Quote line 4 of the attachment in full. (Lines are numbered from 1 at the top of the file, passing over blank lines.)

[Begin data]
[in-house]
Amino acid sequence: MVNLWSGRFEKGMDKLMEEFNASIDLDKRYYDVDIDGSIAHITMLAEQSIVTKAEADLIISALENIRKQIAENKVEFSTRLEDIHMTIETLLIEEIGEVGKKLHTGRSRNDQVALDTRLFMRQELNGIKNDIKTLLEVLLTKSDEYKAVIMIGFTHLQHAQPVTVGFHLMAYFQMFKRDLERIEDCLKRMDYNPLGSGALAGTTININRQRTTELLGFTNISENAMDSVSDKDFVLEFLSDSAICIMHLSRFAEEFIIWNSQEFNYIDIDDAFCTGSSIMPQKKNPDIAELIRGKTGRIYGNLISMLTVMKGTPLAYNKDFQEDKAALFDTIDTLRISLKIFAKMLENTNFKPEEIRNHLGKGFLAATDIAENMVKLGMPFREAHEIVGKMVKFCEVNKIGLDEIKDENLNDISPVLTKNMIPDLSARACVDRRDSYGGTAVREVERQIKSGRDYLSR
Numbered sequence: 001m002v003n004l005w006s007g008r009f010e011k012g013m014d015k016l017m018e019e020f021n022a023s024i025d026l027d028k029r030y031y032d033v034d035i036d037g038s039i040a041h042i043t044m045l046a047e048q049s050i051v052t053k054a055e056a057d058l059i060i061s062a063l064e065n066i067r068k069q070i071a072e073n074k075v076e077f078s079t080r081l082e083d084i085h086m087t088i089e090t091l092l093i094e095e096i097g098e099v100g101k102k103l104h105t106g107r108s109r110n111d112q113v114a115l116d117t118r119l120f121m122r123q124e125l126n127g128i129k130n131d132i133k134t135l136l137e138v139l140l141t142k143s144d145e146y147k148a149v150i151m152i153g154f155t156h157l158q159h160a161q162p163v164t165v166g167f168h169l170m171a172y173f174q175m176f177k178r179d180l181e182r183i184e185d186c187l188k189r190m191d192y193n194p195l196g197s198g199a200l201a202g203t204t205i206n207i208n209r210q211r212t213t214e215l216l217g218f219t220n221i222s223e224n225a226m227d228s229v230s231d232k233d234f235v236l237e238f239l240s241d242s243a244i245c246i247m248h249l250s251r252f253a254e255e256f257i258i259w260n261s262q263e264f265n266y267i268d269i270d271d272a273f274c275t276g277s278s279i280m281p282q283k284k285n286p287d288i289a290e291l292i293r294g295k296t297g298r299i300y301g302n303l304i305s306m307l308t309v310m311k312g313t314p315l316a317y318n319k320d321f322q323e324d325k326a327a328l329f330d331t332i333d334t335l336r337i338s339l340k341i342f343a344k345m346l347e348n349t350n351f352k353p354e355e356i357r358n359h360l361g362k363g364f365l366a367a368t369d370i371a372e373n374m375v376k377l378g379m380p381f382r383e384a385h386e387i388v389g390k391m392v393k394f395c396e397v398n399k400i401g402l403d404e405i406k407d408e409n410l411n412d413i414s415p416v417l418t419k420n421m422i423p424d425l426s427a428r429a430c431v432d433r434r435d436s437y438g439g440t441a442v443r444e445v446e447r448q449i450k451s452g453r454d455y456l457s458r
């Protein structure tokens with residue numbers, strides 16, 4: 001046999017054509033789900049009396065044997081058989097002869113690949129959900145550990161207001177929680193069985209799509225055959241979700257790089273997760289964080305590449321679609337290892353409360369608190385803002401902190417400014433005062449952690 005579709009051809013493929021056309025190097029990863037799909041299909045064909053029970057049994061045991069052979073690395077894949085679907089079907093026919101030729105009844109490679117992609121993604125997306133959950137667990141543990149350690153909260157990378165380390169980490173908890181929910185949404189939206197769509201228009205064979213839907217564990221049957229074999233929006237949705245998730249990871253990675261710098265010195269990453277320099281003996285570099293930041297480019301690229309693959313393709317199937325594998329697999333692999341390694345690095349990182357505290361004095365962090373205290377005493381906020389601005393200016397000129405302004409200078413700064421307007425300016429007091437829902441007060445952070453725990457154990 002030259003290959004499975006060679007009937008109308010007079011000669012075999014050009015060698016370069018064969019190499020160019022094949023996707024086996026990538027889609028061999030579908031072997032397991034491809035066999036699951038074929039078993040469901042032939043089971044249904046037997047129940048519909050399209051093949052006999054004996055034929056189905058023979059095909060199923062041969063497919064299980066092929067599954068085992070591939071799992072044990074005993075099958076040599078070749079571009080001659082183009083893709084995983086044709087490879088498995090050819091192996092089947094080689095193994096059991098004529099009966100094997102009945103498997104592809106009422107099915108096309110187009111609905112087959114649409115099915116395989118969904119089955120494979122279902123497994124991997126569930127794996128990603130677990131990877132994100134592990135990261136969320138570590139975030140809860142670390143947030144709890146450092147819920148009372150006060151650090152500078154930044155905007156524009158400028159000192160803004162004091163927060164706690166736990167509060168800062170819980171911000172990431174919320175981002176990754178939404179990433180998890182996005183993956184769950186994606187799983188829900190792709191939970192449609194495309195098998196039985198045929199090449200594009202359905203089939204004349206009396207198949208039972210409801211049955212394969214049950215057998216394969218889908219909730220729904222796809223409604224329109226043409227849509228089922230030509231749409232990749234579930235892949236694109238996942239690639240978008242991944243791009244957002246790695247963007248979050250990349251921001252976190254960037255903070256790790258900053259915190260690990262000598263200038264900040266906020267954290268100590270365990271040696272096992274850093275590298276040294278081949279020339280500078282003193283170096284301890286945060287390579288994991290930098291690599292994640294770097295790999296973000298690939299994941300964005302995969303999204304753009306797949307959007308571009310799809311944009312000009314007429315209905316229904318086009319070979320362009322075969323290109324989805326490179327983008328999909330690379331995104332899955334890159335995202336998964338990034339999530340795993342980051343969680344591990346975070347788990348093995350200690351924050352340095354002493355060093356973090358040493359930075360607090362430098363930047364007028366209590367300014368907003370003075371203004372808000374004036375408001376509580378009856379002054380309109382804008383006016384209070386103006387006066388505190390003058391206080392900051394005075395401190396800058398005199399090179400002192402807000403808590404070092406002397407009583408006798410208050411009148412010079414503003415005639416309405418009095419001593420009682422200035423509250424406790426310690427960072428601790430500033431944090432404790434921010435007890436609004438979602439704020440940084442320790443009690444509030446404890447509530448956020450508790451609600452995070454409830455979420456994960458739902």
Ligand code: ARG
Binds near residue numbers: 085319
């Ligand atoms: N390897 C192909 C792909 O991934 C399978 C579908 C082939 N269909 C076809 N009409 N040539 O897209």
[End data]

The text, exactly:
């Protein structure tokens with residue numbers, strides 16, 4: 001046999017054509033789900049009396065044997081058989097002869113690949129959900145550990161207001177929680193069985209799509225055959241979700257790089273997760289964080305590449321679609337290892353409360369608190385803002401902190417400014433005062449952690 005579709009051809013493929021056309025190097029990863037799909041299909045064909053029970057049994061045991069052979073690395077894949085679907089079907093026919101030729105009844109490679117992609121993604125997306133959950137667990141543990149350690153909260157990378165380390169980490173908890181929910185949404189939206197769509201228009205064979213839907217564990221049957229074999233929006237949705245998730249990871253990675261710098265010195269990453277320099281003996285570099293930041297480019301690229309693959313393709317199937325594998329697999333692999341390694345690095349990182357505290361004095365962090373205290377005493381906020389601005393200016397000129405302004409200078413700064421307007425300016429007091437829902441007060445952070453725990457154990 002030259003290959004499975006060679007009937008109308010007079011000669012075999014050009015060698016370069018064969019190499020160019022094949023996707024086996026990538027889609028061999030579908031072997032397991034491809035066999036699951038074929039078993040469901042032939043089971044249904046037997047129940048519909050399209051093949052006999054004996055034929056189905058023979059095909060199923062041969063497919064299980066092929067599954068085992070591939071799992072044990074005993075099958076040599078070749079571009080001659082183009083893709084995983086044709087490879088498995090050819091192996092089947094080689095193994096059991098004529099009966100094997102009945103498997104592809106009422107099915108096309110187009111609905112087959114649409115099915116395989118969904119089955120494979122279902123497994124991997126569930127794996128990603130677990131990877132994100134592990135990261136969320138570590139975030140809860142670390143947030144709890146450092147819920148009372150006060151650090152500078154930044155905007156524009158400028159000192160803004162004091163927060164706690166736990167509060168800062170819980171911000172990431174919320175981002176990754178939404179990433180998890182996005183993956184769950186994606187799983188829900190792709191939970192449609194495309195098998196039985198045929199090449200594009202359905203089939204004349206009396207198949208039972210409801211049955212394969214049950215057998216394969218889908219909730220729904222796809223409604224329109226043409227849509228089922230030509231749409232990749234579930235892949236694109238996942239690639240978008242991944243791009244957002246790695247963007248979050250990349251921001252976190254960037255903070256790790258900053259915190260690990262000598263200038264900040266906020267954290268100590270365990271040696272096992274850093275590298276040294278081949279020339280500078282003193283170096284301890286945060287390579288994991290930098291690599292994640294770097295790999296973000298690939299994941300964005302995969303999204304753009306797949307959007308571009310799809311944009312000009314007429315209905316229904318086009319070979320362009322075969323290109324989805326490179327983008328999909330690379331995104332899955334890159335995202336998964338990034339999530340795993342980051343969680344591990346975070347788990348093995350200690351924050352340095354002493355060093356973090358040493359930075360607090362430098363930047364007028366209590367300014368907003370003075371203004372808000374004036375408001376509580378009856379002054380309109382804008383006016384209070386103006387006066388505190390003058391206080392900051394005075395401190396800058398005199399090179400002192402807000403808590404070092406002397407009583408006798410208050411009148412010079414503003415005639416309405418009095419001593420009682422200035423509250424406790426310690427960072428601790430500033431944090432404790434921010435007890436609004438979602439704020440940084442320790443009690444509030446404890447509530448956020450508790451609600452995070454409830455979420456994960458739902």